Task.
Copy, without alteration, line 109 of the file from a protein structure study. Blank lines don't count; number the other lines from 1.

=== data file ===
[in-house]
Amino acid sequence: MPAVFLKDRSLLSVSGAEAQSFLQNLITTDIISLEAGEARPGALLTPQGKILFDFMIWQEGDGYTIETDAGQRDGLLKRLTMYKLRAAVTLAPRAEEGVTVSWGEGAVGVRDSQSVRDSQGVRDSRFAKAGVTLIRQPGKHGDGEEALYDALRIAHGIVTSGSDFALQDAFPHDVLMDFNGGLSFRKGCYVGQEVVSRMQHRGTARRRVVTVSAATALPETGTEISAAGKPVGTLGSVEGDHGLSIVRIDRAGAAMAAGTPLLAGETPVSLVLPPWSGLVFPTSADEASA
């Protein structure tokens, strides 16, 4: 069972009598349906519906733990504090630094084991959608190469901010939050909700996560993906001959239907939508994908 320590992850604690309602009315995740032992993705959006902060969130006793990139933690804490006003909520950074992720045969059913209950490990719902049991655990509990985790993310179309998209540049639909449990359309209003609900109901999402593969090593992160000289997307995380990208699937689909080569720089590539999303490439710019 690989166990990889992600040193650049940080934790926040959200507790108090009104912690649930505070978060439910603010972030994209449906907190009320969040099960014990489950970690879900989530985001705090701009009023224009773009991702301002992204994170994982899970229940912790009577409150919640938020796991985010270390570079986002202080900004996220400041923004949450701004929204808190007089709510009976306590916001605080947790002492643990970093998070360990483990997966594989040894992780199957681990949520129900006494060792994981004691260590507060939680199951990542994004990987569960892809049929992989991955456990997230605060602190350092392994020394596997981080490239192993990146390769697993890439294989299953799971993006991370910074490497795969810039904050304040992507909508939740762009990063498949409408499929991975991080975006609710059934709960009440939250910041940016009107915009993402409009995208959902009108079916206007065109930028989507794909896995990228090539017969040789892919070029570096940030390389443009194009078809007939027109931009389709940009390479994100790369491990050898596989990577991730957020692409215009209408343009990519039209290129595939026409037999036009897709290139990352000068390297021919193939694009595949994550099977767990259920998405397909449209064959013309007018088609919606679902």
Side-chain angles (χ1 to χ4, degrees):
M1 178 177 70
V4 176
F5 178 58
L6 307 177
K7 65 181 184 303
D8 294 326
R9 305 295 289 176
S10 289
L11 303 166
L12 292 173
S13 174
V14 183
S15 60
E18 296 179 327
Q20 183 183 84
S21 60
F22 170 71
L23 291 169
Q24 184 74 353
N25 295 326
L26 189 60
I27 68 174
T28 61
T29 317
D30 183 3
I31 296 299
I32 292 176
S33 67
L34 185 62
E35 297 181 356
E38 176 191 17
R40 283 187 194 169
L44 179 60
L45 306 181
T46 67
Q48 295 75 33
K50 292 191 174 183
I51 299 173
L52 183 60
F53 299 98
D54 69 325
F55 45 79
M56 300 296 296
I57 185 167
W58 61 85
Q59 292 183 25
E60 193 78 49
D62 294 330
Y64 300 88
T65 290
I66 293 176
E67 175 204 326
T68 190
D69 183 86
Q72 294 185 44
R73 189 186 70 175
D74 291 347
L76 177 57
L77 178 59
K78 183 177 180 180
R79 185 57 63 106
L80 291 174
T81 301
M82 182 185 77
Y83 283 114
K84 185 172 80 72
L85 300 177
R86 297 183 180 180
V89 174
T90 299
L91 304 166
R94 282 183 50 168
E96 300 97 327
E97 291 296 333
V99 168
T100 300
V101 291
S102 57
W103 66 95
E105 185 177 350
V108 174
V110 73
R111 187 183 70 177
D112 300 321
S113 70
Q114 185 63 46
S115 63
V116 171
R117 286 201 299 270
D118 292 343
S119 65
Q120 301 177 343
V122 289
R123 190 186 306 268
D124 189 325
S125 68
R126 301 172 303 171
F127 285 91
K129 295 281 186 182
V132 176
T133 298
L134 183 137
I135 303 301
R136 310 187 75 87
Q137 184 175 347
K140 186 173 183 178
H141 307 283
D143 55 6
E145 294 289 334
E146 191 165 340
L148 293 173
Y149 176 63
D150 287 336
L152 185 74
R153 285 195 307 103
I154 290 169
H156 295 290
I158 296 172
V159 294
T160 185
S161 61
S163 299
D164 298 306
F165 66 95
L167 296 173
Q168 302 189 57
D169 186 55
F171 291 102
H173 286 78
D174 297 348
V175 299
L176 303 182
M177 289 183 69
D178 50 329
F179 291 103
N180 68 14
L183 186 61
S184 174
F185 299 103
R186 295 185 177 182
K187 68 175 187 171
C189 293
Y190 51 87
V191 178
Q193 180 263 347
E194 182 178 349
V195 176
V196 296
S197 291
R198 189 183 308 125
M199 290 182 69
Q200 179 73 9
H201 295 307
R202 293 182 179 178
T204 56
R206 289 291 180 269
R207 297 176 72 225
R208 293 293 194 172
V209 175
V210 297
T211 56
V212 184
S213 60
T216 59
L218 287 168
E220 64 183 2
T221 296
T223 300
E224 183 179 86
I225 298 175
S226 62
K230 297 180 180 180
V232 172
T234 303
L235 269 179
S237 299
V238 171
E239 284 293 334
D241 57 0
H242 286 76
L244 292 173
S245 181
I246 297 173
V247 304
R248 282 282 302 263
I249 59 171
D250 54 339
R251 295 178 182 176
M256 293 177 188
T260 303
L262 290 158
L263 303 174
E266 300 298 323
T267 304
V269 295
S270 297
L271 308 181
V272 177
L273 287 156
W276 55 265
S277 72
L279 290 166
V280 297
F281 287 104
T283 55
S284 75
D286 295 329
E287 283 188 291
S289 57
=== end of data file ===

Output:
Q137 184 175 347